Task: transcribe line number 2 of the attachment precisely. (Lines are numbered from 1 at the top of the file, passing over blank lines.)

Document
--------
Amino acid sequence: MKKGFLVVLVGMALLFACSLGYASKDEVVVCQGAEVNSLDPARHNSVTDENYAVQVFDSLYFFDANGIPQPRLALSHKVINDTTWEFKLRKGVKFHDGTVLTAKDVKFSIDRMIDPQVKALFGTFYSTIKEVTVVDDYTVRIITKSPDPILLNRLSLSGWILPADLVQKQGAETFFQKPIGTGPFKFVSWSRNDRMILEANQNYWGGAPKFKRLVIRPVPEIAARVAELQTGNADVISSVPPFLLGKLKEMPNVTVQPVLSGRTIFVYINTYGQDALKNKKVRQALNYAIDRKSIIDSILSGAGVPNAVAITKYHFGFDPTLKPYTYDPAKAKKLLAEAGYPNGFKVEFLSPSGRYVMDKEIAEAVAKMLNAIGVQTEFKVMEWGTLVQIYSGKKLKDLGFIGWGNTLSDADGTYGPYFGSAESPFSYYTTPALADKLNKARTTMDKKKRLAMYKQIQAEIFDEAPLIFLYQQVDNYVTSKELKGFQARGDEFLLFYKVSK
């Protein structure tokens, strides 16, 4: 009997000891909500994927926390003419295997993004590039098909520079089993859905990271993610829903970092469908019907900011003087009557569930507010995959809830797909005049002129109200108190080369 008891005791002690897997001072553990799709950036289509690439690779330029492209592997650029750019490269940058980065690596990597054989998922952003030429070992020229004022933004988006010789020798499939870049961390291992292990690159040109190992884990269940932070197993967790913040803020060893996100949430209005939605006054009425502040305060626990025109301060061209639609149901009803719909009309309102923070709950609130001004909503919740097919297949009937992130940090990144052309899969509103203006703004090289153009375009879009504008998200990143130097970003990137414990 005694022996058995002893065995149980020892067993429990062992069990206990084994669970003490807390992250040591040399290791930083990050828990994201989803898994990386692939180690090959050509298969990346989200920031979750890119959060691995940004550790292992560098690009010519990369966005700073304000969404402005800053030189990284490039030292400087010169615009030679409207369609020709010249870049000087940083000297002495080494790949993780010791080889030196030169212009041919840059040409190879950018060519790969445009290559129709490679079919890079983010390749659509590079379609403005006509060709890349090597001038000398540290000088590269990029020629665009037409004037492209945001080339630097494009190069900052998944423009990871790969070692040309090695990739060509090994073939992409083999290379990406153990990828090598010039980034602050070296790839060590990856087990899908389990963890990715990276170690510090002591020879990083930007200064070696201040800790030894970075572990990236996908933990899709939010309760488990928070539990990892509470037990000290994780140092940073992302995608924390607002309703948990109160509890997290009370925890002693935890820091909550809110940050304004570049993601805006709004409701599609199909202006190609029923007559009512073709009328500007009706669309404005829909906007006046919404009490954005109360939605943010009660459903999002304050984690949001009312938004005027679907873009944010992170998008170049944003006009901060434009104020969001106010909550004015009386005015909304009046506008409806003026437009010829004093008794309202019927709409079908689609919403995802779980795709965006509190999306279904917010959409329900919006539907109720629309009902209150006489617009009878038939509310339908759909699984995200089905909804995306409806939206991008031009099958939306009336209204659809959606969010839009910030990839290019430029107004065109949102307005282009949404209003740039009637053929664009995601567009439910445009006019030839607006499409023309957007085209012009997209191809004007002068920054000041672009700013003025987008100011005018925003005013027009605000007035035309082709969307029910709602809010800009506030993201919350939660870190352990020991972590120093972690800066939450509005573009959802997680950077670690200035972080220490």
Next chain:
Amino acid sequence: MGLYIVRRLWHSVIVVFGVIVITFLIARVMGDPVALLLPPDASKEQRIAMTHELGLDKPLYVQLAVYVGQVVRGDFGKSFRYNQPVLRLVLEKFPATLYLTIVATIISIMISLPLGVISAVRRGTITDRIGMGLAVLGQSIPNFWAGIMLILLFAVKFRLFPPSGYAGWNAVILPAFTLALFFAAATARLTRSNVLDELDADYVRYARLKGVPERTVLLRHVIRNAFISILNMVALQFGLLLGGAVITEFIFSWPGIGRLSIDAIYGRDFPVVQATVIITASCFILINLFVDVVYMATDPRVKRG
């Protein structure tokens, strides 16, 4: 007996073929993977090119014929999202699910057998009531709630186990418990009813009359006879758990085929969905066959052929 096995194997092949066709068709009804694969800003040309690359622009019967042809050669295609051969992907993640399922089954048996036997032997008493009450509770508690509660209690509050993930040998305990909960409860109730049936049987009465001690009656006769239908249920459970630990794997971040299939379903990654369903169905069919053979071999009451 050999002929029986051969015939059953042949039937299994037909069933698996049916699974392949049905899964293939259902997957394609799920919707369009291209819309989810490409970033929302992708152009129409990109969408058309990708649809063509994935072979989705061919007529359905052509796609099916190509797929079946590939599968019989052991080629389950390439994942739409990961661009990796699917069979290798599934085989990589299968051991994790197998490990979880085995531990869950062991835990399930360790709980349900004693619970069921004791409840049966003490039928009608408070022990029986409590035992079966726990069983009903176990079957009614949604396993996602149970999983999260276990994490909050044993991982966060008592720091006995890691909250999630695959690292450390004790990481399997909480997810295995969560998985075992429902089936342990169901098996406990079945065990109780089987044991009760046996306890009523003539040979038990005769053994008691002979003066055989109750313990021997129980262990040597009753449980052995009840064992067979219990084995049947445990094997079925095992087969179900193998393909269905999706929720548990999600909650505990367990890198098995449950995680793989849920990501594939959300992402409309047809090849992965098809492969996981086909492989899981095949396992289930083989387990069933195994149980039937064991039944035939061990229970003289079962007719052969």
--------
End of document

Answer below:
């Protein structure tokens, strides 16, 4: 009997000891909500994927926390003419295997993004590039098909520079089993859905990271993610829903970092469908019907900011003087009557569930507010995959809830797909005049002129109200108190080369 008891005791002690897997001072553990799709950036289509690439690779330029492209592997650029750019490269940058980065690596990597054989998922952003030429070992020229004022933004988006010789020798499939870049961390291992292990690159040109190992884990269940932070197993967790913040803020060893996100949430209005939605006054009425502040305060626990025109301060061209639609149901009803719909009309309102923070709950609130001004909503919740097919297949009937992130940090990144052309899969509103203006703004090289153009375009879009504008998200990143130097970003990137414990 005694022996058995002893065995149980020892067993429990062992069990206990084994669970003490807390992250040591040399290791930083990050828990994201989803898994990386692939180690090959050509298969990346989200920031979750890119959060691995940004550790292992560098690009010519990369966005700073304000969404402005800053030189990284490039030292400087010169615009030679409207369609020709010249870049000087940083000297002495080494790949993780010791080889030196030169212009041919840059040409190879950018060519790969445009290559129709490679079919890079983010390749659509590079379609403005006509060709890349090597001038000398540290000088590269990029020629665009037409004037492209945001080339630097494009190069900052998944423009990871790969070692040309090695990739060509090994073939992409083999290379990406153990990828090598010039980034602050070296790839060590990856087990899908389990963890990715990276170690510090002591020879990083930007200064070696201040800790030894970075572990990236996908933990899709939010309760488990928070539990990892509470037990000290994780140092940073992302995608924390607002309703948990109160509890997290009370925890002693935890820091909550809110940050304004570049993601805006709004409701599609199909202006190609029923007559009512073709009328500007009706669309404005829909906007006046919404009490954005109360939605943010009660459903999002304050984690949001009312938004005027679907873009944010992170998008170049944003006009901060434009104020969001106010909550004015009386005015909304009046506008409806003026437009010829004093008794309202019927709409079908689609919403995802779980795709965006509190999306279904917010959409329900919006539907109720629309009902209150006489617009009878038939509310339908759909699984995200089905909804995306409806939206991008031009099958939306009336209204659809959606969010839009910030990839290019430029107004065109949102307005282009949404209003740039009637053929664009995601567009439910445009006019030839607006499409023309957007085209012009997209191809004007002068920054000041672009700013003025987008100011005018925003005013027009605000007035035309082709969307029910709602809010800009506030993201919350939660870190352990020991972590120093972690800066939450509005573009959802997680950077670690200035972080220490």